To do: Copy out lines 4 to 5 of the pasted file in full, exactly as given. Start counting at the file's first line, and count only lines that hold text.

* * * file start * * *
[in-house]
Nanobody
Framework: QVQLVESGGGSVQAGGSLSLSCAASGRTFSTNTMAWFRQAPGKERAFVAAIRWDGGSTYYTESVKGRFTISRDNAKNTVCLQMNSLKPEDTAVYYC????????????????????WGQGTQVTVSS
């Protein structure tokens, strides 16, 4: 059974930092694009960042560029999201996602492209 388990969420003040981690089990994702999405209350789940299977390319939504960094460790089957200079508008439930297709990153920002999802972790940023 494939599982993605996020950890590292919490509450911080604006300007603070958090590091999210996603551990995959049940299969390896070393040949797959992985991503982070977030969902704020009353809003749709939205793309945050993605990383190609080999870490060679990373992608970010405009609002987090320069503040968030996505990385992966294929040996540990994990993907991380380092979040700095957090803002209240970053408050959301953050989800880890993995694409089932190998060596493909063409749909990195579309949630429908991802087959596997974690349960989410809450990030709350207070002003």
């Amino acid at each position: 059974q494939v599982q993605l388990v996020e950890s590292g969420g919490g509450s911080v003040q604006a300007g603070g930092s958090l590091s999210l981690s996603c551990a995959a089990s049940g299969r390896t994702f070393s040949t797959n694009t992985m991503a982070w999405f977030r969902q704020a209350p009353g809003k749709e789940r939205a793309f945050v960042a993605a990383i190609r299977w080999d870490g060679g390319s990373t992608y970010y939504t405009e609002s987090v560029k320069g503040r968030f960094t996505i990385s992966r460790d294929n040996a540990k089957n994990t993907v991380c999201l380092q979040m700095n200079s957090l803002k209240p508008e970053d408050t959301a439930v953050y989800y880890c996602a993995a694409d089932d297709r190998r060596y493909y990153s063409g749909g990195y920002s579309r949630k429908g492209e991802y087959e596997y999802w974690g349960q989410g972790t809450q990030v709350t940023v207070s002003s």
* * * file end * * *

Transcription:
């Protein structure tokens, strides 16, 4: 059974930092694009960042560029999201996602492209 388990969420003040981690089990994702999405209350789940299977390319939504960094460790089957200079508008439930297709990153920002999802972790940023 494939599982993605996020950890590292919490509450911080604006300007603070958090590091999210996603551990995959049940299969390896070393040949797959992985991503982070977030969902704020009353809003749709939205793309945050993605990383190609080999870490060679990373992608970010405009609002987090320069503040968030996505990385992966294929040996540990994990993907991380380092979040700095957090803002209240970053408050959301953050989800880890993995694409089932190998060596493909063409749909990195579309949630429908991802087959596997974690349960989410809450990030709350207070002003």
């Amino acid at each position: 059974q494939v599982q993605l388990v996020e950890s590292g969420g919490g509450s911080v003040q604006a300007g603070g930092s958090l590091s999210l981690s996603c551990a995959a089990s049940g299969r390896t994702f070393s040949t797959n694009t992985m991503a982070w999405f977030r969902q704020a209350p009353g809003k749709e789940r939205a793309f945050v960042a993605a990383i190609r299977w080999d870490g060679g390319s990373t992608y970010y939504t405009e609002s987090v560029k320069g503040r968030f960094t996505i990385s992966r460790d294929n040996a540990k089957n994990t993907v991380c999201l380092q979040m700095n200079s957090l803002k209240p508008e970053d408050t959301a439930v953050y989800y880890c996602a993995a694409d089932d297709r190998r060596y493909y990153s063409g749909g990195y920002s579309r949630k429908g492209e991802y087959e596997y999802w974690g349960q989410g972790t809450q990030v709350t940023v207070s002003s």